Eric sat in the study, gazing at the object in front of him. It was case, a simple brown case. There was nothing special about it, beyond the fact that it looked rather worn and beat up, as if it had been used for many a year and had gone on many a journey of its own. Besides that, it was simply a case, the sort for which a traveler might carry on some business abroad. He did not fully understand why he had been given it, or what he was fully to do with it. When he had made the deal, the desperate deal, all he had understood was that he was to take the contents to somewhere on Gasgrand, where there would be someone to pick it up. That is all he had been told and it had seemed simple the first time he heard it but now...now it somehow seemed like a monumental task, as if he could barely comprehend going through with it. He cursed his own weakness, the very thing which had gotten himself mixed up in all of this. If he had only greater strength to avoid the card table as he had always promised himself, he thought to himself. Now it seemed he had little choice in the matter unless…He glanced once more at the box. Whatever it was inside must be fairly valuable, given the circumstances in which he had contacted the owner. Perhaps if he were to take whatever it was which was inside the case, take it and resell it himself. He slowly reached for the case, gently flipping the twin latches on either side. As he moved to open the lid, he paused. Were those footsteps? Soon the sound became increstly distinct: movement outside the door. Eric scrambled to hide the case, placing it underneath the large table, just as the door opened and his wife poked her head in.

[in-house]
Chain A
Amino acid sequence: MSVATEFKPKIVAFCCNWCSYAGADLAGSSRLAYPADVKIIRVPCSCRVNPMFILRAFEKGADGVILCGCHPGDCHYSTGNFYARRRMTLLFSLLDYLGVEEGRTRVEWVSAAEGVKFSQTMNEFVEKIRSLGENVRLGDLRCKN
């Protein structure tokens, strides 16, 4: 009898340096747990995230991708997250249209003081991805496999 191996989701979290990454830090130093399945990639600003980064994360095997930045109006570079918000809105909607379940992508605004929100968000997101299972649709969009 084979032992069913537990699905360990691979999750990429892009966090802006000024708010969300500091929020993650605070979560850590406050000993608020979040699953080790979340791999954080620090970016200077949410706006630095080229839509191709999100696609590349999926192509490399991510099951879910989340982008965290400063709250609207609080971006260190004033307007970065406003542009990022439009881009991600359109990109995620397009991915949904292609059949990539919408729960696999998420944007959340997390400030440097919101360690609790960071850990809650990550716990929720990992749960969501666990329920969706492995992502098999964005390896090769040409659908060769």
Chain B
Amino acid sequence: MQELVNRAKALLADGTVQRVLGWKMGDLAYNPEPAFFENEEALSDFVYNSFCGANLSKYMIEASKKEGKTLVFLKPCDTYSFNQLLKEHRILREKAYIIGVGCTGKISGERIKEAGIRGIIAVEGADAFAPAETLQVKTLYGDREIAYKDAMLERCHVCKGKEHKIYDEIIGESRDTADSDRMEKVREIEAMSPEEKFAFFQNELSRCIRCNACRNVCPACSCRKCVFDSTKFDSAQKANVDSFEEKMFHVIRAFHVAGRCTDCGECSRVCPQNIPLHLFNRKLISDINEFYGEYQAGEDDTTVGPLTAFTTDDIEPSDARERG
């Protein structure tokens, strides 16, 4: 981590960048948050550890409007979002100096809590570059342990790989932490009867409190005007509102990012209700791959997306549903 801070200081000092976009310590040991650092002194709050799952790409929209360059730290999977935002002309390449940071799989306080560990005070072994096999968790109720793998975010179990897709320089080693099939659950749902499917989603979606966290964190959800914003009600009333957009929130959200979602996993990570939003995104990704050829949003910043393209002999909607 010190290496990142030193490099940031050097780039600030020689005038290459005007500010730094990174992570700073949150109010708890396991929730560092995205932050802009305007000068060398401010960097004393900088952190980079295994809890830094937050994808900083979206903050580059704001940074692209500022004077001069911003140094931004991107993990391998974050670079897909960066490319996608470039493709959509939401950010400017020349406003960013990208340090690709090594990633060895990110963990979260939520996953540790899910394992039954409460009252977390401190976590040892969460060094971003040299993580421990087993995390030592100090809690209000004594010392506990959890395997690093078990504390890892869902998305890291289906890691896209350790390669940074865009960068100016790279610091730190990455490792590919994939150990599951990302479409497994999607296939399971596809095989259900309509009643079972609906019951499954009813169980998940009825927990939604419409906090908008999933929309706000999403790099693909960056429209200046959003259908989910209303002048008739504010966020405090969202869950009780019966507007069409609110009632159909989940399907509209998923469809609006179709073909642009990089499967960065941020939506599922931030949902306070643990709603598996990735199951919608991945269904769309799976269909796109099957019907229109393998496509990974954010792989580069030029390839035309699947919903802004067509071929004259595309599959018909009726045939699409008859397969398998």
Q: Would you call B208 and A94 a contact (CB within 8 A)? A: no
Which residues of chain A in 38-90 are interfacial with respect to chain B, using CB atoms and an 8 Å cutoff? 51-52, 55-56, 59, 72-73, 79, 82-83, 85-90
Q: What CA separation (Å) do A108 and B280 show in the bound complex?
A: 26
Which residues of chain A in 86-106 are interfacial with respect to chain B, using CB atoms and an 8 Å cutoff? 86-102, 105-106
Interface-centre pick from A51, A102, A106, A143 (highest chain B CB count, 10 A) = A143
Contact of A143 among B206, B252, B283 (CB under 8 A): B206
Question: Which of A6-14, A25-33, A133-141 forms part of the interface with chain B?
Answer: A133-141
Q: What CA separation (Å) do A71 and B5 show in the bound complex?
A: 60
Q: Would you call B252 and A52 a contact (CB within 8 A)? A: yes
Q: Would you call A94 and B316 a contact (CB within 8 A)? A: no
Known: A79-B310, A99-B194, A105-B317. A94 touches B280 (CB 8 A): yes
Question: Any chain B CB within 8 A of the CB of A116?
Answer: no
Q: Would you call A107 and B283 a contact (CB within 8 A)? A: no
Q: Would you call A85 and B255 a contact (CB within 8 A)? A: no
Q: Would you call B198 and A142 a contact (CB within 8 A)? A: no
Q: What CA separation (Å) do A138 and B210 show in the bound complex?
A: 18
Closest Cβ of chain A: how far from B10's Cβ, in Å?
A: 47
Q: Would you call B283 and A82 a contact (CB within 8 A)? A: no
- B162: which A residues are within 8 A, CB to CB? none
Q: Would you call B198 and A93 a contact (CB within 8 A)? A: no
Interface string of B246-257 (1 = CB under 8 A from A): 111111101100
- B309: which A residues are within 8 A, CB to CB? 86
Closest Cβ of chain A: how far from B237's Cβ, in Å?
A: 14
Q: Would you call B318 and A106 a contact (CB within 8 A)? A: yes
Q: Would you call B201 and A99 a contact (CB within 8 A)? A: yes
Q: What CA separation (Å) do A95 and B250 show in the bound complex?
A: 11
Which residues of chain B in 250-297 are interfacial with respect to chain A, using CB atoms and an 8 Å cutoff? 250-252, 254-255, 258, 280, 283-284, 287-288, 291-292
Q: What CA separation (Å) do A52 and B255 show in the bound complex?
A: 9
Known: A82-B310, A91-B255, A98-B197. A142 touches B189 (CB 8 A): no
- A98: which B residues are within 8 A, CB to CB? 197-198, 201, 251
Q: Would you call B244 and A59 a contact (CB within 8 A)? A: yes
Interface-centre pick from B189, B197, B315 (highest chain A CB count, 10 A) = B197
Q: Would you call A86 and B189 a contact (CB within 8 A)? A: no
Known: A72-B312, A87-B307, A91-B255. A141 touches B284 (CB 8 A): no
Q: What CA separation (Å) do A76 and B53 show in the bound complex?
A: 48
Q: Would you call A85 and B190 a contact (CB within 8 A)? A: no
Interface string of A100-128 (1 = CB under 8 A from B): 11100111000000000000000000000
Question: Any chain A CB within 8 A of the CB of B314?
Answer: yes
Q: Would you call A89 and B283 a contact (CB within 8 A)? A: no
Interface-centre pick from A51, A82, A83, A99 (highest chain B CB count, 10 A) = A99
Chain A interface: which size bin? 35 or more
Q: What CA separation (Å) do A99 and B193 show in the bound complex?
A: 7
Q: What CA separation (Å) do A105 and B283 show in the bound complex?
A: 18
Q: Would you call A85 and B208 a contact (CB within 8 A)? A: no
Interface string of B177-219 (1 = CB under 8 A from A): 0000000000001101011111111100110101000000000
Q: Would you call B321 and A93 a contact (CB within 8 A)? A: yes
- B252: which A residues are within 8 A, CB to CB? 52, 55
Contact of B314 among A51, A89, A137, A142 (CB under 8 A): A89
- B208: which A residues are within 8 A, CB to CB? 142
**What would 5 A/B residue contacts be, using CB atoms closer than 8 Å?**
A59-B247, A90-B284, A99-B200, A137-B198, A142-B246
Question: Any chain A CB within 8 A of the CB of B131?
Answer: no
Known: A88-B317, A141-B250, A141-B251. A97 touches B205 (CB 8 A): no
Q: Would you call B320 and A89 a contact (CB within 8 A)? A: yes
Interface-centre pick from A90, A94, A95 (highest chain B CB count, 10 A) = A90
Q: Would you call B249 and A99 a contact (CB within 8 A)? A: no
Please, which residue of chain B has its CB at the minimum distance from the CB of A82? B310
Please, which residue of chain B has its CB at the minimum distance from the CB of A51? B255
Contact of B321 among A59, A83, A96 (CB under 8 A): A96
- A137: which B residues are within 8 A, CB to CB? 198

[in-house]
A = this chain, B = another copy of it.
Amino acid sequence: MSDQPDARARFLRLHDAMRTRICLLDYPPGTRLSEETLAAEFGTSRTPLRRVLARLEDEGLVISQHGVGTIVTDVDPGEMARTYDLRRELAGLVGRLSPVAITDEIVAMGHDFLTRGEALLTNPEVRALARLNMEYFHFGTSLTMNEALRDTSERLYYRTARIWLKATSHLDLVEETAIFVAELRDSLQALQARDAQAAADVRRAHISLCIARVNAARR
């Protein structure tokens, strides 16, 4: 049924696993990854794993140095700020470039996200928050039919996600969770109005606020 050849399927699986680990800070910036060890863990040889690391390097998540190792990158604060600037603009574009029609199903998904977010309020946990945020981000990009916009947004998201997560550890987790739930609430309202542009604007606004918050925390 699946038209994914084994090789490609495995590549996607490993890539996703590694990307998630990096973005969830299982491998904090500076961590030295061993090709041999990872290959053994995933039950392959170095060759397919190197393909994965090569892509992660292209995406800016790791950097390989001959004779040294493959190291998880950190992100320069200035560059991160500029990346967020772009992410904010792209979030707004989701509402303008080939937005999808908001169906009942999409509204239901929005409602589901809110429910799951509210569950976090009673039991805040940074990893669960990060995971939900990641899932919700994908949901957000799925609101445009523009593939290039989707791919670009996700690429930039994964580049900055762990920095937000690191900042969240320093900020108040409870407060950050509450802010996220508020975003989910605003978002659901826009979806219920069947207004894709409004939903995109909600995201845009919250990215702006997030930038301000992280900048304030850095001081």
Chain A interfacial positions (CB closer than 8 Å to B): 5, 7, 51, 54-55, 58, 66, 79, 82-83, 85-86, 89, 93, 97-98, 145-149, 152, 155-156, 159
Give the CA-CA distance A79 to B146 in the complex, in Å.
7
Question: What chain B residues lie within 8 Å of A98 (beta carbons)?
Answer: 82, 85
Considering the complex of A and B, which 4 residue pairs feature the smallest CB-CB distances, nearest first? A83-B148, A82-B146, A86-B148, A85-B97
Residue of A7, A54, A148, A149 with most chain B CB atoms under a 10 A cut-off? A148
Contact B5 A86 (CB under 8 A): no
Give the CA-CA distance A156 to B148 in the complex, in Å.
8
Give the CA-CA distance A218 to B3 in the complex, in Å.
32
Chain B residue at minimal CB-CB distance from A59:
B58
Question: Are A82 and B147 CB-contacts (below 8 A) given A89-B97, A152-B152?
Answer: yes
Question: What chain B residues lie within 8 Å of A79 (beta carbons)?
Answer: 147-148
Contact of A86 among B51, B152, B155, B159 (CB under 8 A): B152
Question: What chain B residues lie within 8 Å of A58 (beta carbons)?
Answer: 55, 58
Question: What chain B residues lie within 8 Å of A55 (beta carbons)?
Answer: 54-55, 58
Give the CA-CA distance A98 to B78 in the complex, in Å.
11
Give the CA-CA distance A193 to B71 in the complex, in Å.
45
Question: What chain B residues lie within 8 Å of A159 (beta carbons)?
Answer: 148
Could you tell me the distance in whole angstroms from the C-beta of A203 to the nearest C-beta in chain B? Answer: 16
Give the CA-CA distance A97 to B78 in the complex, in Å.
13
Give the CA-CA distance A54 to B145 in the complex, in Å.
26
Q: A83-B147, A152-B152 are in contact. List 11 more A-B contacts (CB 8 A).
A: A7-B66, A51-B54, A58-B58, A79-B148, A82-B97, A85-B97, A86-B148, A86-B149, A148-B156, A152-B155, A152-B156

“Eric, are you coming to bed? It’s getting late.” She had genuine concern in her voice. Eric knew that while their marriage had been flawed, she had never been malicious or uncaring towards him. On the contrary, she had been rather accepting of him throughout the years they had been together. They may not have been in true love, but she had always been respectful of himself and his choices, which was a terrible mistake, he thought to himself.

“In a moment…I have a few things to prepare for the office tomorrow.” He looked at Annie and for a brief moment he saw her facial expression change. Perhaps it was doubt or perhaps it was worry. Maybe his lies were far more transparent then he thought, he wondered, trying not to give himself away further. However, it seemed to pass fairly quickly, whatever it may be, as she gave a small smile and nodded to him.